Tuesday, July 26, 2016

Do you know the state capitals?

It appears to me that when many people hear the name "GeoGebra" they respond with a "what?" and when you indicate it is a combination of "geometry" and "algebra" they immediately categorize it as something from mathematics.


GeoGebra can be used in many non-mathematical ways, but I must admit that behind any computer application is the world of symbolic logic, which is hard-core mathematics. I guess if you are reading this, you are using mathematics, whether you want to or not.

Here is  a quickie that I put together this morning that would most likely not be used in a mathematics classroom. The possibilities are endless. Restricting GeoGebra explorations to just math teachers and math students will do nothing but strengthen "the Wall" that exists between mathematics and the rest of the world.

A couple of years ago I put together a file dealing with the states and a map, which you can find here). As of today that file needs some tweaking to make it work with the latest html coding standards, but it gives the idea anyway. Enjoy!

Tuesday, July 19, 2016

Citizenship at conception?

I have just been reading the GOP platform as posted here.

One part I find completely befuddling. The GOP has tied its entire anti-abortion stance to the 5th Amendment's reference to "life, liberty, and property".  The section of the platform is entitled "The Fifth Amendment: Protecting Human Life", yet is entirely about abortion.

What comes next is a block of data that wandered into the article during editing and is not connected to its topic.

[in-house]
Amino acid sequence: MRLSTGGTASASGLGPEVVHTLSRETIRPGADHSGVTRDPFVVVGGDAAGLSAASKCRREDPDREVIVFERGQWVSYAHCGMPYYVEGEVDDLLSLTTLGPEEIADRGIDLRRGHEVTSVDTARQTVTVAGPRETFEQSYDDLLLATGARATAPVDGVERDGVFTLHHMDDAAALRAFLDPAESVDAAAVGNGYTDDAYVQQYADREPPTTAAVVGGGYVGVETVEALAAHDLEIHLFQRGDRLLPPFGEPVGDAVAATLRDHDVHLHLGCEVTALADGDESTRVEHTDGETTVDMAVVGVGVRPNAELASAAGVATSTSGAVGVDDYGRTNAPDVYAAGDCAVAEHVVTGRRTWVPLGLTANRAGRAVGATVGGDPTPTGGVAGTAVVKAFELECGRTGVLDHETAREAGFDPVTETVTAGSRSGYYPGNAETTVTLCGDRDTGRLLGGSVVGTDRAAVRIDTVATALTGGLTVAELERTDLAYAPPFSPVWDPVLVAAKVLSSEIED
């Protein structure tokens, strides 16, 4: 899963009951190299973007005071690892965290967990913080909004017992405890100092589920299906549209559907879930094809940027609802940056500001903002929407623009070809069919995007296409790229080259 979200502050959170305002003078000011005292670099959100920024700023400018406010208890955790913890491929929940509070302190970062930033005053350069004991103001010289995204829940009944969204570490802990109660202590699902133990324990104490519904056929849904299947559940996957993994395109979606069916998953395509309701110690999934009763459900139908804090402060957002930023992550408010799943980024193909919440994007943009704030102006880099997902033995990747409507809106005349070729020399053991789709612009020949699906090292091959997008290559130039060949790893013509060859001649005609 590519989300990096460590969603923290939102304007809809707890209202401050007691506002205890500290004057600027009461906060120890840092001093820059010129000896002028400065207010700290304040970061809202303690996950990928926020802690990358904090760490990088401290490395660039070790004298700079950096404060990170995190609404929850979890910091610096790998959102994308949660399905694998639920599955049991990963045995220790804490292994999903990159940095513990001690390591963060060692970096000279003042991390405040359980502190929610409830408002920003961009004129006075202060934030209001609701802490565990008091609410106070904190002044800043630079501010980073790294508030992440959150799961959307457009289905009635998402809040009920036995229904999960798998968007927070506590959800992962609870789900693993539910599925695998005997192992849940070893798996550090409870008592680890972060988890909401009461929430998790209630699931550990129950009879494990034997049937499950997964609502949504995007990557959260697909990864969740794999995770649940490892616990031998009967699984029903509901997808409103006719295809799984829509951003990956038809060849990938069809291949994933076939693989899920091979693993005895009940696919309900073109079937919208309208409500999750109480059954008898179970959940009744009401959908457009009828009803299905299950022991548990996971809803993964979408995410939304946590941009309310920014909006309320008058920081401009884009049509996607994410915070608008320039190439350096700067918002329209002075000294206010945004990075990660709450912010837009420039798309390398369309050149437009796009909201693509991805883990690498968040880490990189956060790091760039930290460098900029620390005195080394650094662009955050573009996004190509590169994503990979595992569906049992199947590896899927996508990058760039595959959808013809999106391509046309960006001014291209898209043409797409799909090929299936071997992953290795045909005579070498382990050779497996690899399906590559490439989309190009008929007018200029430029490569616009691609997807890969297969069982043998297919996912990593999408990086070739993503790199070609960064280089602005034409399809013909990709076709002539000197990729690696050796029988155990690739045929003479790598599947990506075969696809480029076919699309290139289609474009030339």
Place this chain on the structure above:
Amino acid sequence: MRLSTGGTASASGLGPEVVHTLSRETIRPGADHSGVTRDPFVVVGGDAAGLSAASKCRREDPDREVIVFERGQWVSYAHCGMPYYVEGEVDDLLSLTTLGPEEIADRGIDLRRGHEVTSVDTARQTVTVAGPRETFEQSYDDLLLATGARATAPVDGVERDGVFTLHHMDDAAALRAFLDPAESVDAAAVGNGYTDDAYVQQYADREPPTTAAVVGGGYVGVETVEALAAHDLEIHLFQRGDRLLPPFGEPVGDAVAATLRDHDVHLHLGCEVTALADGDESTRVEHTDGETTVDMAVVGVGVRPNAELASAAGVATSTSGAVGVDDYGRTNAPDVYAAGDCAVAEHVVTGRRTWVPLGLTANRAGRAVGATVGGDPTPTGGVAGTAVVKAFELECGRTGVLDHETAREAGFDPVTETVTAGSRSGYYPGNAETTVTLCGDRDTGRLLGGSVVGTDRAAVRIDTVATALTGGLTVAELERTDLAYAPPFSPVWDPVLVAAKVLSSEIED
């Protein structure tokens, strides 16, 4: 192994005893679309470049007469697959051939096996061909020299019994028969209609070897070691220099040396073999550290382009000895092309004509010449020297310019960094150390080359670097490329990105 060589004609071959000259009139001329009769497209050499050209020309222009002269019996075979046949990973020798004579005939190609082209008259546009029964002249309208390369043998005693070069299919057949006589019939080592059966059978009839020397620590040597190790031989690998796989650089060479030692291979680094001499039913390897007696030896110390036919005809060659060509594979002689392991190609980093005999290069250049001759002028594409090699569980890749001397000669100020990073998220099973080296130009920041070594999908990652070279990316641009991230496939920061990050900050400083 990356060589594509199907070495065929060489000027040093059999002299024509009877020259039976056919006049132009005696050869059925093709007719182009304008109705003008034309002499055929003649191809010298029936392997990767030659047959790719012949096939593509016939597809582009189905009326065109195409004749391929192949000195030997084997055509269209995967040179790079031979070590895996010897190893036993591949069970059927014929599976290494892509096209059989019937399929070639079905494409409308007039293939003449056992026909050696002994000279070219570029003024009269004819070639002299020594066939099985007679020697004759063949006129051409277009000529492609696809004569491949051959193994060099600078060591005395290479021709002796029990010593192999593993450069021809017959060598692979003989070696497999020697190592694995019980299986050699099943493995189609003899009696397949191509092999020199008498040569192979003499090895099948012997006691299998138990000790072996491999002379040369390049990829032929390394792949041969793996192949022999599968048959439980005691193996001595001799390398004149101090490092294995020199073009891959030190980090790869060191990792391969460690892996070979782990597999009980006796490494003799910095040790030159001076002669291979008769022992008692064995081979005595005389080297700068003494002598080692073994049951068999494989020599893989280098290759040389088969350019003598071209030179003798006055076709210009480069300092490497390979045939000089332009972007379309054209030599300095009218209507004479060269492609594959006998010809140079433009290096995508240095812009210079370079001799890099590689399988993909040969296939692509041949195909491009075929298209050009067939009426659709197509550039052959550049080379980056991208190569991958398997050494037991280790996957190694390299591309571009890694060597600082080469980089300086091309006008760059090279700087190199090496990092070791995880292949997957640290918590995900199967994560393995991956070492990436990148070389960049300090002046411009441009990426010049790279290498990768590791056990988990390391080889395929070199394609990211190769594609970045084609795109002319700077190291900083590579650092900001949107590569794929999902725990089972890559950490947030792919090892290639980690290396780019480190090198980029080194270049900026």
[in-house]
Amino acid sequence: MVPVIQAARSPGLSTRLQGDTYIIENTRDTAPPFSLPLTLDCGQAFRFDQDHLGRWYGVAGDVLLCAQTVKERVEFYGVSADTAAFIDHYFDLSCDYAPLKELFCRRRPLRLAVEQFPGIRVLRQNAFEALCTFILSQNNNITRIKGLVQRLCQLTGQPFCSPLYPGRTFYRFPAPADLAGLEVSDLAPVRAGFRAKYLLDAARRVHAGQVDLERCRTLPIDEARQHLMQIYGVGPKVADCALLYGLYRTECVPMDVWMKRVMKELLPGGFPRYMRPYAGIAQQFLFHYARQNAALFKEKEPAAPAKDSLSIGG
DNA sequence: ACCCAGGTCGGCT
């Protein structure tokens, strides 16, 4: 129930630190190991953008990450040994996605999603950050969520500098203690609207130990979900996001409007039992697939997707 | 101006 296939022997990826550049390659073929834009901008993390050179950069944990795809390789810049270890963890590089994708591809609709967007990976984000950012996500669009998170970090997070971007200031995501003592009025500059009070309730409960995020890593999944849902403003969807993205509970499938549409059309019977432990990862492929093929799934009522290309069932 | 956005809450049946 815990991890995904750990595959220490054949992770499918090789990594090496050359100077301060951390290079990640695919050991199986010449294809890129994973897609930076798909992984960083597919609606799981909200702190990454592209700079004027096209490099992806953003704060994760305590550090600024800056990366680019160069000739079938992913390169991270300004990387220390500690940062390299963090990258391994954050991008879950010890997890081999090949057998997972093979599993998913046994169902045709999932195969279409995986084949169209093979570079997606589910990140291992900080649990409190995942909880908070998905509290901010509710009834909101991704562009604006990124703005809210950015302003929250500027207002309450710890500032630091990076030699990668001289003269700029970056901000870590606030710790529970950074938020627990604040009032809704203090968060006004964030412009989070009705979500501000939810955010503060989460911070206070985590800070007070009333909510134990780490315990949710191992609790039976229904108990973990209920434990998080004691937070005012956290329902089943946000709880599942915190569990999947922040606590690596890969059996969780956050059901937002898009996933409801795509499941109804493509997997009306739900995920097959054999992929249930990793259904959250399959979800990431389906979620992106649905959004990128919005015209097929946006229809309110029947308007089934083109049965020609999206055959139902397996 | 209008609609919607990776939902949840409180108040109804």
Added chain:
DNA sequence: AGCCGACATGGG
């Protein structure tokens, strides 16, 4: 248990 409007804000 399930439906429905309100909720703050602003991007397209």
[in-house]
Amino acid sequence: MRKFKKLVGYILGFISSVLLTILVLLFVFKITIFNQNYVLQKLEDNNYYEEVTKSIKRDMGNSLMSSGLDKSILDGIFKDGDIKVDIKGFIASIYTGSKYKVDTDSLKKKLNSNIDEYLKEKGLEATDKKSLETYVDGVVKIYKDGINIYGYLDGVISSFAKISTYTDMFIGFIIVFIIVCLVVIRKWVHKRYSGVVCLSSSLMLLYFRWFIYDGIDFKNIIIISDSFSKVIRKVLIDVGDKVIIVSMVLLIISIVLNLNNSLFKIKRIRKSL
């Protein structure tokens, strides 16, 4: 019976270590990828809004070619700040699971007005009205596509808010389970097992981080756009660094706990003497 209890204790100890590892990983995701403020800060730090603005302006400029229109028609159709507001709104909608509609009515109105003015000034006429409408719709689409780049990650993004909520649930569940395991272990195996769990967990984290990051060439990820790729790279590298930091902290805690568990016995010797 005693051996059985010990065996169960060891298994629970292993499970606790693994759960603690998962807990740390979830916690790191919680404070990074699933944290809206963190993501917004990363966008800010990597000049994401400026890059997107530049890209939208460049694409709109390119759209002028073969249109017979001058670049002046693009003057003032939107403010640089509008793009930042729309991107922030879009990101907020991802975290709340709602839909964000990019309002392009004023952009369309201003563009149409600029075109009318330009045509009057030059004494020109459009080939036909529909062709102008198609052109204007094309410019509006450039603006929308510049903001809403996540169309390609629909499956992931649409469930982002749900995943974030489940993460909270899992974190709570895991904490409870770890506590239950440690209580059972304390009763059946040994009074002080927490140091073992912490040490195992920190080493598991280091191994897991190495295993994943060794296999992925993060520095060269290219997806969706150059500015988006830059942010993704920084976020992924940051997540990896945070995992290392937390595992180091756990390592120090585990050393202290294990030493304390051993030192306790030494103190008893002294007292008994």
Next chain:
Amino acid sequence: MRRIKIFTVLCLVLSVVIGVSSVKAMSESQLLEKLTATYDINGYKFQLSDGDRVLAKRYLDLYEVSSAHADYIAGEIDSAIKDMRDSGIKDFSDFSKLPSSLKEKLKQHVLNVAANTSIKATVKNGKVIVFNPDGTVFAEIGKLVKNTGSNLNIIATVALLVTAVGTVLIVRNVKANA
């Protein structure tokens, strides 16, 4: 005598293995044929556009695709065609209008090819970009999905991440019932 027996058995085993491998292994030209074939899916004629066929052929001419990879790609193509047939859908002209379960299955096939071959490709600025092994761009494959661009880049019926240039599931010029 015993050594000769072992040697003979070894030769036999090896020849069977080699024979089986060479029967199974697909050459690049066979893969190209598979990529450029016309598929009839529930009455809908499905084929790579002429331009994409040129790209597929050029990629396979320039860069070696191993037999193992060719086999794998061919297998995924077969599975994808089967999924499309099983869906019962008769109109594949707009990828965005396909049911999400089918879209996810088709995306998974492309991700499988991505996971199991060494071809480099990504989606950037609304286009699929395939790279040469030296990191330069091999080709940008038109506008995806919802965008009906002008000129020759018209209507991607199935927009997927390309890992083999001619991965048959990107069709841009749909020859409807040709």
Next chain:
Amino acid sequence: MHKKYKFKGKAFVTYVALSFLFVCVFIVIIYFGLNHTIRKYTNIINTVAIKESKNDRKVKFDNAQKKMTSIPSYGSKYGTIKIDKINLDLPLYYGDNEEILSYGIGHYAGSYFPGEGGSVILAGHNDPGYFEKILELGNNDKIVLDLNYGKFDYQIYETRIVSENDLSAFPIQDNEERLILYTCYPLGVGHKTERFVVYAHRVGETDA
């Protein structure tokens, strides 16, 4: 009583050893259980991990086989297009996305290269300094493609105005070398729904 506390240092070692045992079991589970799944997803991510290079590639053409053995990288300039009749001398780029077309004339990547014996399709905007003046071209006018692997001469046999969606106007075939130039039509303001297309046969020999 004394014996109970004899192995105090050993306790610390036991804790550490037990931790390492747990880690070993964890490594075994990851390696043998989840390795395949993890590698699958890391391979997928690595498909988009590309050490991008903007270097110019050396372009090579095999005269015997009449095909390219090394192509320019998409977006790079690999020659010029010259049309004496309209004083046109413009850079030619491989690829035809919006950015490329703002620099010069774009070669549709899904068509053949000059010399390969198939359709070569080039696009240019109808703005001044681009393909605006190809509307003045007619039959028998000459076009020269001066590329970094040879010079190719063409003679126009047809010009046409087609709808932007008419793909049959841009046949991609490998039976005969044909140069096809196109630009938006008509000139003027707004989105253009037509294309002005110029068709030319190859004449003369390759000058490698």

If they wish to take that stance, they had better be prepared to support and/or accept and/or 'deal with"the following (list incomplete):

  • tax dependency status for all unborn children, starting at conception.
  • "conception certificates" validating location of conception in the event that the child(ren) are born in a different country
  • the need for other countries to adopt similar "conception certificates", as the "anchor baby" issue will probably move from country of birth to country of conception.
  • citizenship at conception
  • the counting of unborn children in the census and the impact on apportionment, etc.
  • legal issues when pregnant mother is imprisoned (as innocent fetus ought not to be imprisoned)
  • airlines, restaurants, and other such industries charging more for pregnant women, as they are not individuals, but rather are legally 2 (or more) people.
Again I sense a party that has run to a position in order to gather votes without thinking of the overall impact of such a position.  All political parties adopt positions in order to get votes, which makes it very difficult to determine what the politicians really think, because it is their real day-to-day thinking 9or lack of it) that controls their daily actions.

Tuesday, July 12, 2016

Just a couple of circles....

I hope to create a group of stand-alone basic files that could be an aid to any geometry teacher/student. This one shows how an equilateral triangle is constructed using just circles (compass, if you wish) and a straightedge to draw the sides. 

It is my hope that through posts such as this I can help demonstrated the utility of GeoGebra in the high school classroom. This file can be found here.

Friday, July 8, 2016

If only....